Trends and Problems: How Cryptocurrencies and Blockchain Will Fix the Global Remittance Industry
The global remittances market is a great example of a legacy financial industry acting largely as a toll collector for the unbanked. However, cryptocurrencies and the blockchain have the potential to provide almost instant transfers of money from one country to another. With truly nominal fees, migrants who wish to send money home will no longer have to spend an average of 7% in commissions and fees.
To better understand the current situation and state of the global money transfer industry, let’s have a look at the facts:
- There are $4.8 trillion in transactions on foreign exchange markets daily
- According to World Bank statistics, global remittances will grow to $616 billion in 2018 ($601 billion in 2016)
- Remittances to low and middle-income countries are expected to grow to $466 billion in 2018 ($441 billion in 2016)
- The global average cost of sending $200 is 7.2% of the total
- A reduction of costs in cross-border payments by 5% will result in $16 billion in savings each year
Money transfer market problems
The three pressing problems of the global remittance market now are: a large number of intermediaries, high commissions and heavy regulatory pressure.
The price of remittances
According to the World Bank estimates, the overall amount of money that migrants sent back home to developing countries in 2017 was $450 billion. However, analysts believe that $32 billion in remittances is failing to reach recipients because of the high transaction costs of cross-border money transfers.
The multiple intermediaries involved in the global money transfer business all act as toll collectors, and each contributes to the exorbitant fees consumers are forced to pay without receiving any true value. Currently, there are two main ways of moving money; from bank account to bank account, and through private remittance channels such as Western Union, MoneyGram and others. Neither of these options offer a quick and inexpensive way for end users to transfer money.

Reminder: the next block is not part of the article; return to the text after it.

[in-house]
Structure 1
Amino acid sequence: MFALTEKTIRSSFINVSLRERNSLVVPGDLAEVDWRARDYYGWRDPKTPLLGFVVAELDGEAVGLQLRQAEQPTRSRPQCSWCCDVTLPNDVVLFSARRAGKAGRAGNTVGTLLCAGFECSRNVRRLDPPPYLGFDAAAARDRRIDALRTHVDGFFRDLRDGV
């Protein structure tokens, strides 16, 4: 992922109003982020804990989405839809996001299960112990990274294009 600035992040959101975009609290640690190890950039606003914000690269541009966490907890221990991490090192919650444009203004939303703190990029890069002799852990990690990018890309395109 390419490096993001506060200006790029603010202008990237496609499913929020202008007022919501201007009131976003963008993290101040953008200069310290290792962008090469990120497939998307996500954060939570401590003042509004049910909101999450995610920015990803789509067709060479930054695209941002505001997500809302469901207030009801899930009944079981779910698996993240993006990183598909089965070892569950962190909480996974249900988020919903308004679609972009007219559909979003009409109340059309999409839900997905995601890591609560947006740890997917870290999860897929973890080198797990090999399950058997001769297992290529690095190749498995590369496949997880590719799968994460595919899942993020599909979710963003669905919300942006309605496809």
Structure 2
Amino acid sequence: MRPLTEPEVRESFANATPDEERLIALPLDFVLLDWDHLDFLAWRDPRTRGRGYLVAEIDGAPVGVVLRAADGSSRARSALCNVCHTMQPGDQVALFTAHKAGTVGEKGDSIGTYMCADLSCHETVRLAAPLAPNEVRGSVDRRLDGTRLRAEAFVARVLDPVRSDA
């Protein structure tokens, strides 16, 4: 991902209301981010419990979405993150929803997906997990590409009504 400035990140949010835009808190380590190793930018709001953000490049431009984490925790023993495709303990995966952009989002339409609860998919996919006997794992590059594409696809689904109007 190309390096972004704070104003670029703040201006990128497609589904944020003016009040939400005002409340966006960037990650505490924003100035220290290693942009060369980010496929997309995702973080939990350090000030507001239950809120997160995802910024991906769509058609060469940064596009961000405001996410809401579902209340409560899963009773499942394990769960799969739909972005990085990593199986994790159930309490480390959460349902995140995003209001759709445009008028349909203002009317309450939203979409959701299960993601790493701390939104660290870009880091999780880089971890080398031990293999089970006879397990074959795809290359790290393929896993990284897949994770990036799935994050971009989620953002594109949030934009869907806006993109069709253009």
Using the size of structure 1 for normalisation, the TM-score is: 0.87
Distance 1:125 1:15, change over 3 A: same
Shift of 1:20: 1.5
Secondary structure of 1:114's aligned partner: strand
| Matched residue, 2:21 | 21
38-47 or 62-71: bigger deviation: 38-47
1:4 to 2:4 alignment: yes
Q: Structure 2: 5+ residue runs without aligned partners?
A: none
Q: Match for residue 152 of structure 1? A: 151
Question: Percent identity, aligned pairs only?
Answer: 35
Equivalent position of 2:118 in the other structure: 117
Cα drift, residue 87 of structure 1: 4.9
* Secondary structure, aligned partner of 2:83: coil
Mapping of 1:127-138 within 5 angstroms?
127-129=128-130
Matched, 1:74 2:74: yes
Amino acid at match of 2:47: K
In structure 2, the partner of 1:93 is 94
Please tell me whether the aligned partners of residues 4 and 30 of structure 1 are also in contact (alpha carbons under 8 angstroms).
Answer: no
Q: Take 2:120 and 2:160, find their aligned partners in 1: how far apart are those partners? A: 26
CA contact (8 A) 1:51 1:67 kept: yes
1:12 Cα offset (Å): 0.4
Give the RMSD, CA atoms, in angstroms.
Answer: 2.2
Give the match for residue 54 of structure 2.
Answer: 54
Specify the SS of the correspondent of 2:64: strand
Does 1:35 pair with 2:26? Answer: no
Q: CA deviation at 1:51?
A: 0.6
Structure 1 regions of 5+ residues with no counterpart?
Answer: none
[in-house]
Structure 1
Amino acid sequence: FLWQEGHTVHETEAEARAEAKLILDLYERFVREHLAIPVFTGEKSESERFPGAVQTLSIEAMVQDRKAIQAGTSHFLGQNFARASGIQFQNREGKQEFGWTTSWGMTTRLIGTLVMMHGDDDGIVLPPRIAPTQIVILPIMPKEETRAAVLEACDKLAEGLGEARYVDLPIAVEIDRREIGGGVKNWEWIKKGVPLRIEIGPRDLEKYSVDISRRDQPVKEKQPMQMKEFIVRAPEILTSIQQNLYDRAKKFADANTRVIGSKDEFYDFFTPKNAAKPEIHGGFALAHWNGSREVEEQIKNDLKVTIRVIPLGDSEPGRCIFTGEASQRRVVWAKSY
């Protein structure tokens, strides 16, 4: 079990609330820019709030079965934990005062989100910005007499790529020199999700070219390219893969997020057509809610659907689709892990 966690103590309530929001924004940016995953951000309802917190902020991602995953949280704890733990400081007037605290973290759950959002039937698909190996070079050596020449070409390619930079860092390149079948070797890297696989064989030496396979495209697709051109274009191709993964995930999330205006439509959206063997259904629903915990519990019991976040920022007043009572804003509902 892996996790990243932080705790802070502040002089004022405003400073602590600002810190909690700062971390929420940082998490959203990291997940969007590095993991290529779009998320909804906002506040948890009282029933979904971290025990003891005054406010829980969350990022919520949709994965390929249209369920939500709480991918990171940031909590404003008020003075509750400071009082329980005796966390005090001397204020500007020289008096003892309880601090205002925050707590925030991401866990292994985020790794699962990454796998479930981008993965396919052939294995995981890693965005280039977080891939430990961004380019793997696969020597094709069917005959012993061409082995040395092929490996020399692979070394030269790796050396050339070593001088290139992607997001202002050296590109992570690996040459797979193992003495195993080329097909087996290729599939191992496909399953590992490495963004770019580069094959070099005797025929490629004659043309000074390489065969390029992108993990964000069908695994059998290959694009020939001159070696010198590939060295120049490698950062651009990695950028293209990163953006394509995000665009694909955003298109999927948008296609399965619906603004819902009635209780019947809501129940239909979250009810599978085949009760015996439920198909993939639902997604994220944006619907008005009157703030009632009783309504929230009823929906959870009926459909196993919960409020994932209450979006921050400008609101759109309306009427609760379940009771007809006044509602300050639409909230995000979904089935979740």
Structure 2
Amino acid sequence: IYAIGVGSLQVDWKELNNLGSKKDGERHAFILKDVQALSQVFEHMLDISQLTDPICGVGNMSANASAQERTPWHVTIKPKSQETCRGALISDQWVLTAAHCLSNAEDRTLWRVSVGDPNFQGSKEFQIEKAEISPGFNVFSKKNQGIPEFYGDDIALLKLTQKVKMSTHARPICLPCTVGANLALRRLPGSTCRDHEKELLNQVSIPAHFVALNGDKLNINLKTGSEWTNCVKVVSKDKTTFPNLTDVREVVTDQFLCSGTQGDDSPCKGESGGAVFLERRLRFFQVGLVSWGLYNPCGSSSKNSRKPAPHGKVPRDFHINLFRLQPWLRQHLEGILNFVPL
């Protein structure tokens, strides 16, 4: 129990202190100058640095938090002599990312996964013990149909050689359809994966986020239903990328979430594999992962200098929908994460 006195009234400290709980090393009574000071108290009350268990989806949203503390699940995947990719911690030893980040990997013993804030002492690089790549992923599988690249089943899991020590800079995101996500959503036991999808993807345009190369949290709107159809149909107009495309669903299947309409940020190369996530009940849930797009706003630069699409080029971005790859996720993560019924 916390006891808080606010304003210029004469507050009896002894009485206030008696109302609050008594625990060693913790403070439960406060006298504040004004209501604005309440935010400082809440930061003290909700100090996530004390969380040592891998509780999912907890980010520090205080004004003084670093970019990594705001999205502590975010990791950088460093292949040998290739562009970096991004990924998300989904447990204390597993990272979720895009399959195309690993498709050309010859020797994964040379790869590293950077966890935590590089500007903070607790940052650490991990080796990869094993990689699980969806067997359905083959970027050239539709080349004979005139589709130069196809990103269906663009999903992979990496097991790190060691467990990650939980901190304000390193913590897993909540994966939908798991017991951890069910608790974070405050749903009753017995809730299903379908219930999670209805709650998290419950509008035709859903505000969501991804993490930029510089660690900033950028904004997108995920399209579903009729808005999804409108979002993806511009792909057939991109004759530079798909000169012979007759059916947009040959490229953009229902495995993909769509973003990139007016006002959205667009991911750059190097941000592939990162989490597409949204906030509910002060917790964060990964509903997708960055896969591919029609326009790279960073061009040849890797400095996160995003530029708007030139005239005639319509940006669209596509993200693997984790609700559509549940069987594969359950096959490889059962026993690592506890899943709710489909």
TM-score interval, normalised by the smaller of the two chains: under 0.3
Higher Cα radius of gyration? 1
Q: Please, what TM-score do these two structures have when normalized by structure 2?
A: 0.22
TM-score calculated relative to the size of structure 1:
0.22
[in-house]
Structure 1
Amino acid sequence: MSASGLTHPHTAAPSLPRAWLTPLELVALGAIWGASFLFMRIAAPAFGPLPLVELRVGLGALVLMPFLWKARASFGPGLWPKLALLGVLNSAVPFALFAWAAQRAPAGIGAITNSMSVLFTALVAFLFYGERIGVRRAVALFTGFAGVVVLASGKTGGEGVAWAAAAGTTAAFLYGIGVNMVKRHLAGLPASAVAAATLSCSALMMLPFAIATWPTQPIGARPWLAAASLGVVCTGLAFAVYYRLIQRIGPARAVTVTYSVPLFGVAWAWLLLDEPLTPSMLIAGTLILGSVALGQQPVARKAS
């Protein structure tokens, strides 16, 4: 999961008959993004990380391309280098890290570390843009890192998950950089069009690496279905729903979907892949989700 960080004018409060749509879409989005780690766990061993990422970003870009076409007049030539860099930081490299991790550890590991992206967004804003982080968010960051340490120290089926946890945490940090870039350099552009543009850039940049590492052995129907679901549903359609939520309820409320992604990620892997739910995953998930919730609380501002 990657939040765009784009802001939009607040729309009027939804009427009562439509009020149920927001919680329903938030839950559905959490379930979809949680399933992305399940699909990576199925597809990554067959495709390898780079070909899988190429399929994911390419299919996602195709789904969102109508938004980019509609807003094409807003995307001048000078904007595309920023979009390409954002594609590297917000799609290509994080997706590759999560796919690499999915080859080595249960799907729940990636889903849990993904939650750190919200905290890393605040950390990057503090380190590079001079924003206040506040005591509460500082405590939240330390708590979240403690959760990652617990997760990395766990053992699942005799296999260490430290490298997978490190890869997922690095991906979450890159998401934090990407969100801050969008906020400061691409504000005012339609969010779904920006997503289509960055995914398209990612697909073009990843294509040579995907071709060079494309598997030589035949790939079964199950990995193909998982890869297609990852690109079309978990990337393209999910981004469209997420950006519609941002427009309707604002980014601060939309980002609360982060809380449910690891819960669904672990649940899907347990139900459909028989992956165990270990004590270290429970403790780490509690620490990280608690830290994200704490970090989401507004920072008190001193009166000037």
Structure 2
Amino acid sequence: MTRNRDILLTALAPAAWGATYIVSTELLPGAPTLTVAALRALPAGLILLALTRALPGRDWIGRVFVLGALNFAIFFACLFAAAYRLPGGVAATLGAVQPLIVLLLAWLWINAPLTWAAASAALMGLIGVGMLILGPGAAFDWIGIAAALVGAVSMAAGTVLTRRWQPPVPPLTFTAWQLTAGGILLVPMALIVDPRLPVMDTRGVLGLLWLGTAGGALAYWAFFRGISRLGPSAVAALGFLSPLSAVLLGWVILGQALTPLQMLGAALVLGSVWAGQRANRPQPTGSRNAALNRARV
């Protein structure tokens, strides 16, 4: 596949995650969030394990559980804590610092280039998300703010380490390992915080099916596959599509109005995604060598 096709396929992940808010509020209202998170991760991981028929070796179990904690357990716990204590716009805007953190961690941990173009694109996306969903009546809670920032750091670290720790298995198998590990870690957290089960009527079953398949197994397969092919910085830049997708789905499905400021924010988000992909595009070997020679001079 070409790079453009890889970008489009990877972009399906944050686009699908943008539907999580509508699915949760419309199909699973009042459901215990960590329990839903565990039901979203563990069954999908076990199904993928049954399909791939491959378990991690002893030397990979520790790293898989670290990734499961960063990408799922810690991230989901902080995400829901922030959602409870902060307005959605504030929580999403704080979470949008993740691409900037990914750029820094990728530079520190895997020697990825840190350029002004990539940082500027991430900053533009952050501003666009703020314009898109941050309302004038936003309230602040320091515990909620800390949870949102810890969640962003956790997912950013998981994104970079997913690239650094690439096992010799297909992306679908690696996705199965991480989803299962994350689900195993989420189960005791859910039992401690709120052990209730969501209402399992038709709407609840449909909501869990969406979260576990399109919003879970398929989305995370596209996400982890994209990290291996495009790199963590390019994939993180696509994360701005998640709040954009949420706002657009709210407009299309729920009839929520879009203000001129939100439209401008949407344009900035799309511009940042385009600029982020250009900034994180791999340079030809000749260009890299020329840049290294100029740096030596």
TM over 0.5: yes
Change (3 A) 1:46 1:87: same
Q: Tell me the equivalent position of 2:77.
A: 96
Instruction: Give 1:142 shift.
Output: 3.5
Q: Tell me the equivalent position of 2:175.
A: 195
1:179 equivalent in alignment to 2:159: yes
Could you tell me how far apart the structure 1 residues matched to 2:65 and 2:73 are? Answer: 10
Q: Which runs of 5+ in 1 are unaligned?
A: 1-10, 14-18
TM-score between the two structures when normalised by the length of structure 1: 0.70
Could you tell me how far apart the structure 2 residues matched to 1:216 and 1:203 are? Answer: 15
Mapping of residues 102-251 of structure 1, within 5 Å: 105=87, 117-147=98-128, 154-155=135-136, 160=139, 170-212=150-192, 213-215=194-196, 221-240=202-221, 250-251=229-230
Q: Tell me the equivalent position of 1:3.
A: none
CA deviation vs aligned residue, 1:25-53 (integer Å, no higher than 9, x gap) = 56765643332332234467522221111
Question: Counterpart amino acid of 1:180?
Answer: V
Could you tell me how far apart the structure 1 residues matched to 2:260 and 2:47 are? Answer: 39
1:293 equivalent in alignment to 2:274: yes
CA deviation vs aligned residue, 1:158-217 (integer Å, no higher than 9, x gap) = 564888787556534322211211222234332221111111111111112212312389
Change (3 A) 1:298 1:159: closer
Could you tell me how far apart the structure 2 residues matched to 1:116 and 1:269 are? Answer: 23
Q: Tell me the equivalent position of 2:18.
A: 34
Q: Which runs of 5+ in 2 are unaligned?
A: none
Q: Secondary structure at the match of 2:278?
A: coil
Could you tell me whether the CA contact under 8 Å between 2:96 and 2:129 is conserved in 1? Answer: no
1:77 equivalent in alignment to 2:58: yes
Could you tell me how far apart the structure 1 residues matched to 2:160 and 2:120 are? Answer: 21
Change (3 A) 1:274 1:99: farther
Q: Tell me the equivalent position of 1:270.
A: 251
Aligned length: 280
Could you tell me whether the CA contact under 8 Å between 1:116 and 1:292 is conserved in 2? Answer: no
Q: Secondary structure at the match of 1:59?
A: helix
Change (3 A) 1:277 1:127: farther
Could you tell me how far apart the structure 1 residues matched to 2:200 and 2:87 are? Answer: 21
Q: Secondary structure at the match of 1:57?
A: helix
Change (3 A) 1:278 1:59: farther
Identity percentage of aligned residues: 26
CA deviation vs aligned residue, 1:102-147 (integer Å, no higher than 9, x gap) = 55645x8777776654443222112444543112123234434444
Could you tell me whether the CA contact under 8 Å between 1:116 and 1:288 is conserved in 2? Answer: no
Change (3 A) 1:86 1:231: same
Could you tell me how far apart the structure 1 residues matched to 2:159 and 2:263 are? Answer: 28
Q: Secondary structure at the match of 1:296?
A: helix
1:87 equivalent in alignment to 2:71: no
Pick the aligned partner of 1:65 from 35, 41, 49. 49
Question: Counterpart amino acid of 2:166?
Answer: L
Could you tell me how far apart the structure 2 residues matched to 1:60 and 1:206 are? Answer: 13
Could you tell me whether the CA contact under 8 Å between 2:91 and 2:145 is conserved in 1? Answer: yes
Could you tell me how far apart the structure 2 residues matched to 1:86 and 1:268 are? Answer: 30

The main problem: intermediaries
In the first case, when a person needs to initiate a money transfer from a country in North America or Europe to a developing part of the world like Africa, the money will go via a chain of different banks and services. From a person with local US bank account, the money will go from the local bank’s account to the national bank’s account, then to the corresponding bank working with the US market. After this, the wire will get to the SWIFT network, then on to a corresponding bank serving the market of a target country in Africa. Finally, money arrives at the local bank account.
The overall process takes at least several days and fees are charged every step of the way. Currency exchange costs are to be considered as well. Often local currency from one country will need to be changed into dollars before being changed into the final destination currency, which adds on additional fees.
Companies like Western Union have to develop a worldwide network of physical access points for sending and receiving money, alongside the necessary bank accounts from around the world. Supporting such a large amount of infrastructure is costly, and companies like Western Union are sure to pass these costs on to their customers.
Regulation adds costs
Regulatory pressure is a significant remittance market problem. Officials in different countries and global regulatory organisations have a mandate to fight money laundering (which is estimated to be approximately $2.2–3.7 trillion globally) and financing of terrorism.
For financial and money transfer companies, this means they’re required to perform additional audits, credit certifications, identity verifications, and so on. As a result, many companies prefer to “de-risk,” meaning they could just exit a relationship with certain customers and close their accounts if they are viewed as high risk, or otherwise fail to provide all of the necessary papers.